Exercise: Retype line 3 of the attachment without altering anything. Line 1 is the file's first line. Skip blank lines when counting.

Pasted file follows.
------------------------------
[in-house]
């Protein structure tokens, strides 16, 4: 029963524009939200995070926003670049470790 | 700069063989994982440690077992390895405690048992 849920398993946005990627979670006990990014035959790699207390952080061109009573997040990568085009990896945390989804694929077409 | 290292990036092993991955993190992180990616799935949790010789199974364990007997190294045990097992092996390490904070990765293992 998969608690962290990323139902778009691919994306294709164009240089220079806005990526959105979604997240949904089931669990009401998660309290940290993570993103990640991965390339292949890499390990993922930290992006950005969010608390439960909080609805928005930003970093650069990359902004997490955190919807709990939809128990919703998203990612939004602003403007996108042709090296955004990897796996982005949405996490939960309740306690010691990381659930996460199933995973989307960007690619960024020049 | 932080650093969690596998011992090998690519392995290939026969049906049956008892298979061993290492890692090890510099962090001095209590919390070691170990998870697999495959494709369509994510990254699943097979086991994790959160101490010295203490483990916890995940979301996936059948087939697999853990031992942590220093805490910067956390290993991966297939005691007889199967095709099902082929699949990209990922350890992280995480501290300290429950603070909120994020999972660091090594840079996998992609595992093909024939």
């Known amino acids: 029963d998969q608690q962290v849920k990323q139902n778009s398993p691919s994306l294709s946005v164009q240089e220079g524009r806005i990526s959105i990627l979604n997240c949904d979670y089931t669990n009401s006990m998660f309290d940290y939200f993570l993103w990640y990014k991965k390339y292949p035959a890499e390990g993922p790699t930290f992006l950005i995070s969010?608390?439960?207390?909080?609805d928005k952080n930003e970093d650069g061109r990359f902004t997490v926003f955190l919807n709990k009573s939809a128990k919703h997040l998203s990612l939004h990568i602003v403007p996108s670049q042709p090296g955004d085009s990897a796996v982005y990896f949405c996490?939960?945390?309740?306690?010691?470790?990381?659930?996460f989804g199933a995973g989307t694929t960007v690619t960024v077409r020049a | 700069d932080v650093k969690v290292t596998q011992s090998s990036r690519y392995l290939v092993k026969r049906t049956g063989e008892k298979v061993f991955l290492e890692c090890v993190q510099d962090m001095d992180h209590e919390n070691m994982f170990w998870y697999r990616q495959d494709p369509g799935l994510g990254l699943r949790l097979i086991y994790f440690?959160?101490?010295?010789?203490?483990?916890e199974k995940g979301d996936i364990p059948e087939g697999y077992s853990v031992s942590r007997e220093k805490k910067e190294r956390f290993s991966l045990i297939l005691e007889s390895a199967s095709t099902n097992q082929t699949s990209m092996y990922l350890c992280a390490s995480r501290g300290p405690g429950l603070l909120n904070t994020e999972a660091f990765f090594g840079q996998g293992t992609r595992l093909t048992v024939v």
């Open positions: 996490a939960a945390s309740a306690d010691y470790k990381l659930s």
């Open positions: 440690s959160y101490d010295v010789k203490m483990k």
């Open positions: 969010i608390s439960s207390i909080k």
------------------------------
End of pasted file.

């Known amino acids: 029963d998969q608690q962290v849920k990323q139902n778009s398993p691919s994306l294709s946005v164009q240089e220079g524009r806005i990526s959105i990627l979604n997240c949904d979670y089931t669990n009401s006990m998660f309290d940290y939200f993570l993103w990640y990014k991965k390339y292949p035959a890499e390990g993922p790699t930290f992006l950005i995070s969010?608390?439960?207390?909080?609805d928005k952080n930003e970093d650069g061109r990359f902004t997490v926003f955190l919807n709990k009573s939809a128990k919703h997040l998203s990612l939004h990568i602003v403007p996108s670049q042709p090296g955004d085009s990897a796996v982005y990896f949405c996490?939960?945390?309740?306690?010691?470790?990381?659930?996460f989804g199933a995973g989307t694929t960007v690619t960024v077409r020049a | 700069d932080v650093k969690v290292t596998q011992s090998s990036r690519y392995l290939v092993k026969r049906t049956g063989e008892k298979v061993f991955l290492e890692c090890v993190q510099d962090m001095d992180h209590e919390n070691m994982f170990w998870y697999r990616q495959d494709p369509g799935l994510g990254l699943r949790l097979i086991y994790f440690?959160?101490?010295?010789?203490?483990?916890e199974k995940g979301d996936i364990p059948e087939g697999y077992s853990v031992s942590r007997e220093k805490k910067e190294r956390f290993s991966l045990i297939l005691e007889s390895a199967s095709t099902n097992q082929t699949s990209m092996y990922l350890c992280a390490s995480r501290g300290p405690g429950l603070l909120n904070t994020e999972a660091f990765f090594g840079q996998g293992t992609r595992l093909t048992v024939v």